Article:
History of the Lustgarten Foundation

In 1998, 51-year-old Marc Lustgarten, Cablevision Vice Chairman, was diagnosed with pancreatic cancer. Colleagues say his larger-than-life presence in a variety of key leadership positions brought out the best in those around him, and he elevated others in all areas of his life. He welcomed even the most daunting challenges as an executive, a husband and as a father; and he faced them in good spirits with his quintessential-New-Yorker sense of humor.

When he began feeling unwell, it took six months for Marc to receive his stage four pancreatic cancer diagnosis, and there were almost no treatment options available. An “orphan disease,” pancreatic cancer was allocated less than half of one percent of the National Cancer Institute’s (NCI) research budget. With no additional funding, few young investigators opted to dedicate their careers to the study of the disease and there was little hope for breakthroughs.

The Lustgarten Foundation was created to advance the research related to the diagnosis, treatment, cure and prevention of pancreatic cancer while raising public awareness and providing support for patients and their families.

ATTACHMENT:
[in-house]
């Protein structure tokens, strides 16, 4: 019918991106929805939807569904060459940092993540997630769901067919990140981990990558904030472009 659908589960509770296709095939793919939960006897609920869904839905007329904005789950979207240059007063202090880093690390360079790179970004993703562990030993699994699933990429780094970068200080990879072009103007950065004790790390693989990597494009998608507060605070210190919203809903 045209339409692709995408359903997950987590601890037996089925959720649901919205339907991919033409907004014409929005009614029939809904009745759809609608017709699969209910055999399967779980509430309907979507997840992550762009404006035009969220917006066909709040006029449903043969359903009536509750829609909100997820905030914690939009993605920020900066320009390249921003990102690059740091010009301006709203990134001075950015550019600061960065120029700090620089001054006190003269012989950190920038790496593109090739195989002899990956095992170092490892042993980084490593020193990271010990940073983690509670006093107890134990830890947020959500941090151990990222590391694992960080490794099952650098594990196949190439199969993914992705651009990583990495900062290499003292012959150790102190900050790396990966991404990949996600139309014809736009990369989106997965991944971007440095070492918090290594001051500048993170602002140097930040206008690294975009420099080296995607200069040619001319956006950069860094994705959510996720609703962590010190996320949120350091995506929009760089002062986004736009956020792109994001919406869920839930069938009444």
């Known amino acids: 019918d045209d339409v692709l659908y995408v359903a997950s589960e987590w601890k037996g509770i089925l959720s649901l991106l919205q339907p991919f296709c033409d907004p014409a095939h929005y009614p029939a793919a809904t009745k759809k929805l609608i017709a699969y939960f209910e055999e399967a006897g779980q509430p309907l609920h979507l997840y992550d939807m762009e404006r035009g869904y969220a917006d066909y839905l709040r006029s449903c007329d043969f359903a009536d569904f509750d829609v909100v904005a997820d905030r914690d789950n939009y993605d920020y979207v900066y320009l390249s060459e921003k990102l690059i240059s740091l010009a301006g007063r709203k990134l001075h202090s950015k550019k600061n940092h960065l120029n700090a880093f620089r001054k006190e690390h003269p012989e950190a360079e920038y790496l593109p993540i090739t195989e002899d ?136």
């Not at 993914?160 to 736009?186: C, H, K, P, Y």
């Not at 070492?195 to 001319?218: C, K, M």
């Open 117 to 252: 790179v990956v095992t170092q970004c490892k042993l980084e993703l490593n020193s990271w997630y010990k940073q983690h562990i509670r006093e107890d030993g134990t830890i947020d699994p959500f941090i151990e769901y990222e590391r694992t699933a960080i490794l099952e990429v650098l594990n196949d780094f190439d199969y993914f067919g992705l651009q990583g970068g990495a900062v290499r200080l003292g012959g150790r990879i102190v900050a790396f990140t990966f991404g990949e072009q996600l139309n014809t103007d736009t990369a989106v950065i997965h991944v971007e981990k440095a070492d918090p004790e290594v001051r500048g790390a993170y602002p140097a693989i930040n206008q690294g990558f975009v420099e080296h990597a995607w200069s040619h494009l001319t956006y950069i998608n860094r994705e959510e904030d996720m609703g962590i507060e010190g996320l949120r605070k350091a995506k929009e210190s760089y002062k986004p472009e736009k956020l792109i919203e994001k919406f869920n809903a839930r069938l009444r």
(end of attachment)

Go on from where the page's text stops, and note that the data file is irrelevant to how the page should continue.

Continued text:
In its first year, the Foundation awarded ten $100,000 grants (totaling $1 million) to stimulate pancreatic cancer research. Over time, Lustgarten’s support of pancreatic cancer research has helped stimulate the NCI to increase its pancreatic cancer research funding to more than $182.1 million in 2018 and inspired the creation of other pancreatic cancer organizations. Today, there are thousands of researchers from all disciplines working on scientific breakthroughs that will provide better outcomes for those diagnosed with this challenging disease, many of whom are leaders in their fields.

Together with Cablevision Chairman Charles F. Dolan and Chief Executive James L. Dolan, Marc had a vision for supporting pancreatic cancer research, leading to better outcomes for patients. Before he died in 1999, his vision for the Lustgarten Foundation was well underway. For future generations impacted by pancreatic cancer, Marc left behind a legacy of hope. And his memory lives on in countless friends, colleagues and most importantly, his wife Marcia and two children. His son Andrew serves as Chairman of the Foundation’s Board of Directors, and his daughter Jessica serves on our board of directors.

Learn more about our history in our Timeline of Pancreatic Cancer Research Milestones.

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